9.  If they are old enough, have your kids make their own lunches.  It's harder for them to complain about what they made for themselves.  It also gets them in the habit for when they are on their own.  Of course, buying lunch is an option, but that gets expensive.
10.  Take some deep breaths and try to take a break from the chaos that is the beginning of school.

What do you do to cope with the beginning of school?  Last year my friend went to Hawaii with her husband and skipped all of the open houses.  I like her idea. 

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Thursday, August 21, 2014

The Moral Messages We Send Our Children

I would guess that if we asked parents what kind of adult they want their child to be when they grew up; many would mention qualities like, “successful,” “happy,” or “high-achieving.” Would many parents mention qualities such as, “caring,” “kind,” or “unselfish?” I sure many would, but according to new research, many children are not getting this last message.

A compelling new study from Harvard University researchers shows that among American students (middle and high school), the majority (80%) say they value high achievement or happiness over caring for others (20%). While this is important in itself, perhaps more interesting is the fact that the majority of these youth also report feeling that their parents value achievement or happiness over caring. This is despite numerous other research findings showing that parents cite raising caring kids as a top priority. In other words, parents say they want to raise caring kids, but the kids are not getting this message from parents’ daily actions. The authors of the study call this a rhetoric/reality gap.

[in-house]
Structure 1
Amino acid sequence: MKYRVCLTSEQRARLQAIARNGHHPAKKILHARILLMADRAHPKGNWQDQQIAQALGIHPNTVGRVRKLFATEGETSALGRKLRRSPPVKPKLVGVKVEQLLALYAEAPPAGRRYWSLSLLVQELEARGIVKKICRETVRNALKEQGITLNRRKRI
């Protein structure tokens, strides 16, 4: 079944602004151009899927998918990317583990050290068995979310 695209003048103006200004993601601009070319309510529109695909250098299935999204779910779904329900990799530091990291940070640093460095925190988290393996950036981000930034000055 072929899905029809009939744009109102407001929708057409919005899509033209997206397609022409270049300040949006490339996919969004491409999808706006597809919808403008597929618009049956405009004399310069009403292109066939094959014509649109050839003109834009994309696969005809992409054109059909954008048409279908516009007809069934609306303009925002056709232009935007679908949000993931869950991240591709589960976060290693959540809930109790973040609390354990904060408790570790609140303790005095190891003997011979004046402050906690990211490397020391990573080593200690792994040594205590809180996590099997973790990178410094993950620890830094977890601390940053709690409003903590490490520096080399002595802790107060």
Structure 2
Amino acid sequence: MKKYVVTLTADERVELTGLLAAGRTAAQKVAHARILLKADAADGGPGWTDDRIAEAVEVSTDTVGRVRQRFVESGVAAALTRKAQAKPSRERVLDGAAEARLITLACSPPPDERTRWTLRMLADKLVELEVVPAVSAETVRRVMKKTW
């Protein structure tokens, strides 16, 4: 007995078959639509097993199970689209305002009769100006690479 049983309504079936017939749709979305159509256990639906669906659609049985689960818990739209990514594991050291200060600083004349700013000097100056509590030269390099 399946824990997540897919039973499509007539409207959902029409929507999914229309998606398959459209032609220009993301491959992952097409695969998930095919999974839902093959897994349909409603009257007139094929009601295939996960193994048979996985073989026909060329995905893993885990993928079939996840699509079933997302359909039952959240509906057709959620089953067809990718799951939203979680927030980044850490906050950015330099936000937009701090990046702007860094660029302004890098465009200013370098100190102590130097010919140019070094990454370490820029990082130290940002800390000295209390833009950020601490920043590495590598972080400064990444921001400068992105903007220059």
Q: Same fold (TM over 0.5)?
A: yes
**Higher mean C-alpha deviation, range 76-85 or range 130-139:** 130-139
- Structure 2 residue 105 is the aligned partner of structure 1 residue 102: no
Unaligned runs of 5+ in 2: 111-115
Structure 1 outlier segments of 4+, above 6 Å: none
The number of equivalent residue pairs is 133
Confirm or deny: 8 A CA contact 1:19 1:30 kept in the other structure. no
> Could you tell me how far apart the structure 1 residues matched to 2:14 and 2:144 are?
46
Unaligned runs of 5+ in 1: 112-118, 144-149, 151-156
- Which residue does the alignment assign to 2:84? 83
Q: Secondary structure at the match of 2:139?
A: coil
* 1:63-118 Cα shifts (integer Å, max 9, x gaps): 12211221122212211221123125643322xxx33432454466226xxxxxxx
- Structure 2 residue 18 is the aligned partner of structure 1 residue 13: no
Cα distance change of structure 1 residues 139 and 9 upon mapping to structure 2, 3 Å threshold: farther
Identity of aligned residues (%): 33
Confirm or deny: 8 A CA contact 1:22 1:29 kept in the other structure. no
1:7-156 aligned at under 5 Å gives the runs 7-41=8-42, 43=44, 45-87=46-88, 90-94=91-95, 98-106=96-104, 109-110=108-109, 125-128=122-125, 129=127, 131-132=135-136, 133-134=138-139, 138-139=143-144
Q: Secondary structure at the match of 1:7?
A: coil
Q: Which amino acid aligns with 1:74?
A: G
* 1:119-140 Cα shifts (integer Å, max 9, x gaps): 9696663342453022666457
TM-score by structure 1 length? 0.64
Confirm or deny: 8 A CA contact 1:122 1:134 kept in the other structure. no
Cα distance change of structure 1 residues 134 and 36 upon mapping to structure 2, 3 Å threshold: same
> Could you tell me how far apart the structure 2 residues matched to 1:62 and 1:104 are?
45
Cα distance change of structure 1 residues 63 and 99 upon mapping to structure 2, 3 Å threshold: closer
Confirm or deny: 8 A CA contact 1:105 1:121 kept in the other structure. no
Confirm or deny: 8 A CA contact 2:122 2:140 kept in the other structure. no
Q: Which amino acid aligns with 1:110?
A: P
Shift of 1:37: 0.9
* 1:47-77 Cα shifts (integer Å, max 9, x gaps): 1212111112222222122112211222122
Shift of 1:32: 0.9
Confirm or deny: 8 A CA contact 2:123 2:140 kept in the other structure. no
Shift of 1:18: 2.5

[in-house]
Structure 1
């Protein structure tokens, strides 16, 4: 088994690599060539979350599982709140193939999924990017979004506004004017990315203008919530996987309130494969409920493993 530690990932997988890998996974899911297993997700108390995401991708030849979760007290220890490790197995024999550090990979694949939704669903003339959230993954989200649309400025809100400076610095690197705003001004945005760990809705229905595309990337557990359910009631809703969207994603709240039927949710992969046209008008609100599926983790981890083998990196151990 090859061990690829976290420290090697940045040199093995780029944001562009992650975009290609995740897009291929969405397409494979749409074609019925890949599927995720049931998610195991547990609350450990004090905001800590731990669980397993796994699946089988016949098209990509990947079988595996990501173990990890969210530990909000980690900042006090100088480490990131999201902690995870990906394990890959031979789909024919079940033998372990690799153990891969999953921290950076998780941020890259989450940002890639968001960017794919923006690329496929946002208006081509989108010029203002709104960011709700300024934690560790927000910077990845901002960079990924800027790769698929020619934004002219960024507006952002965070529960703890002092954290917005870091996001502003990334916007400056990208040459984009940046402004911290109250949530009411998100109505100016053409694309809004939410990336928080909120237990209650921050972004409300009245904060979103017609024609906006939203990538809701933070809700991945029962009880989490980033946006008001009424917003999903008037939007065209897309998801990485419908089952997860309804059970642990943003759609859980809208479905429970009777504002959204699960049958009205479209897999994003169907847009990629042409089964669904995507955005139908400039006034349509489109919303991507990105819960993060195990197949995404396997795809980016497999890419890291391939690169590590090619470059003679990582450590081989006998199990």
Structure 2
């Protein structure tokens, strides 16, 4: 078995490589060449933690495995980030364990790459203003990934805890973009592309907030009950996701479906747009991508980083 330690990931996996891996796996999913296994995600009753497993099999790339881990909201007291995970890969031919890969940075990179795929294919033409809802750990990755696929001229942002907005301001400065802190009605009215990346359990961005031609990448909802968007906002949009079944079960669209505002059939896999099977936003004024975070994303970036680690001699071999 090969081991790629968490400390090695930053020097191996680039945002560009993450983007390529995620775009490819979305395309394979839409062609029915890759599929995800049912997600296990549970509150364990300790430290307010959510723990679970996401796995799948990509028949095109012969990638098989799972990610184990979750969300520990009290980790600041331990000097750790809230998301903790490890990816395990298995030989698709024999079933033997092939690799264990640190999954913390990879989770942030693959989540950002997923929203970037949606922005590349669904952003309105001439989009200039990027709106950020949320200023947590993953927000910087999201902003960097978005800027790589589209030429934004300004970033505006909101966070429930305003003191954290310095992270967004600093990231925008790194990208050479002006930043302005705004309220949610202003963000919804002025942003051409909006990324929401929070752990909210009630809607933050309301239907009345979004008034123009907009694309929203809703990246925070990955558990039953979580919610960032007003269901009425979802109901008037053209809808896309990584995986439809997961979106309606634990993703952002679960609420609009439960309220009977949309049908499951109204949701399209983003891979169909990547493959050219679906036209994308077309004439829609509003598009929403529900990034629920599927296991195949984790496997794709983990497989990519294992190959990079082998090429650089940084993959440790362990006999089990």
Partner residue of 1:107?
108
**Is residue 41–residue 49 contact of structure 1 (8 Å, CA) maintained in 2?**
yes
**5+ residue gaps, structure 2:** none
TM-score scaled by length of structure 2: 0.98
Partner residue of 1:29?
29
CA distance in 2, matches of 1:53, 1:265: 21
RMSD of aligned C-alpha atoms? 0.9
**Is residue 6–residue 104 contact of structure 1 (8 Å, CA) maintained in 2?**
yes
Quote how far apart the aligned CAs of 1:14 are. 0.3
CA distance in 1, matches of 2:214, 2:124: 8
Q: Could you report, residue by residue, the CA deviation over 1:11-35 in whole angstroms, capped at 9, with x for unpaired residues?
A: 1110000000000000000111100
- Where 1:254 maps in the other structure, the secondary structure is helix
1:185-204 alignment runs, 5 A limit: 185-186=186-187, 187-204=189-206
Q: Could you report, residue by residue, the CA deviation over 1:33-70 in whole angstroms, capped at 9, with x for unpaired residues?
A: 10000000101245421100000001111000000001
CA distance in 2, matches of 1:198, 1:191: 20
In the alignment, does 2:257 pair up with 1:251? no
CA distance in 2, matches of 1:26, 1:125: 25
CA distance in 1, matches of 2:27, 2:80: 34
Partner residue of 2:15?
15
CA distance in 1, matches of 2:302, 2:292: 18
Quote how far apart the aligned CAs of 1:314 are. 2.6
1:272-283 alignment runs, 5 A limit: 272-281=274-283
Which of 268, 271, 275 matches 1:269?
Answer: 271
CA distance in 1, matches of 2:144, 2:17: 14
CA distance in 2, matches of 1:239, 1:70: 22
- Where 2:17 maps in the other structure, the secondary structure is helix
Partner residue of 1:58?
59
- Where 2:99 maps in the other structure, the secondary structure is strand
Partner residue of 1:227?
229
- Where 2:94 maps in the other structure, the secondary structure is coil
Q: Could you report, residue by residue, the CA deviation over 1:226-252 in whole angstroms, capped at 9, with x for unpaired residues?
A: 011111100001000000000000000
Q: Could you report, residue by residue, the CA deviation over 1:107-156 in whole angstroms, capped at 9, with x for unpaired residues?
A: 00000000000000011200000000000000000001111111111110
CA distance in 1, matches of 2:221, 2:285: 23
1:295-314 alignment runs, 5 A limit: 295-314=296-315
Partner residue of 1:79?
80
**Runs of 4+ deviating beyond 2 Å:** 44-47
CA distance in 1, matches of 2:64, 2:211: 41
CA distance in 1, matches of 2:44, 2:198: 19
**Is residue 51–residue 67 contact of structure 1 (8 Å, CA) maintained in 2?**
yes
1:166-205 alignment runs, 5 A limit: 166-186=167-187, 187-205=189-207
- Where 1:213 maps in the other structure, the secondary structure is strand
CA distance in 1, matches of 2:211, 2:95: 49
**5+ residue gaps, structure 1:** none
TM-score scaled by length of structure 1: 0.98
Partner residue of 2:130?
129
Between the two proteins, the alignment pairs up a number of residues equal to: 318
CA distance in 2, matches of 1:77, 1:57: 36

If you are like me, I find this report more than a little disconcerting. The thought that we could be raising a generation of kids who so overwhelmingly value achievement and happiness over caring for others is first problematic on a moral front. Even if this aspect does not bother everyone, the authors also point out that the result of focusing so intensely on achievement and happiness is ultimately a less happy child. Several studies have found that in communities where students are pressured to perform at high levels, there are higher rates of depression and behavior problems. Similarly, when children’s achievement or happiness is prioritized over caring for others, they often fail to development relationship skills that are needed to sustain long-term relationships.

What can we, as parents, do to close this rhetoric/reality gap? The researchers give several good suggestions and many of them focus on simply setting a good example of caring for others, being respectful and fair and most importantly, demanding that our children do the same, even if it makes them unhappy. Other ideas include:

  • Ask your child’s teacher if they are kind to classmates, in addition to how they are performing academically
  • Have children practice expressing gratitude to others in their lives (waitresses, grandparents, etc.)
  •  Use news stories about others who are suffering to explain to children how other people face challenges and struggles in other settings or other countries
  •  Give children opportunities to reach out to help others in the larger community (e.g., help at a food bank, assist an elderly neighbor)

For more tips and research on this important topic see the Making Caring Common website.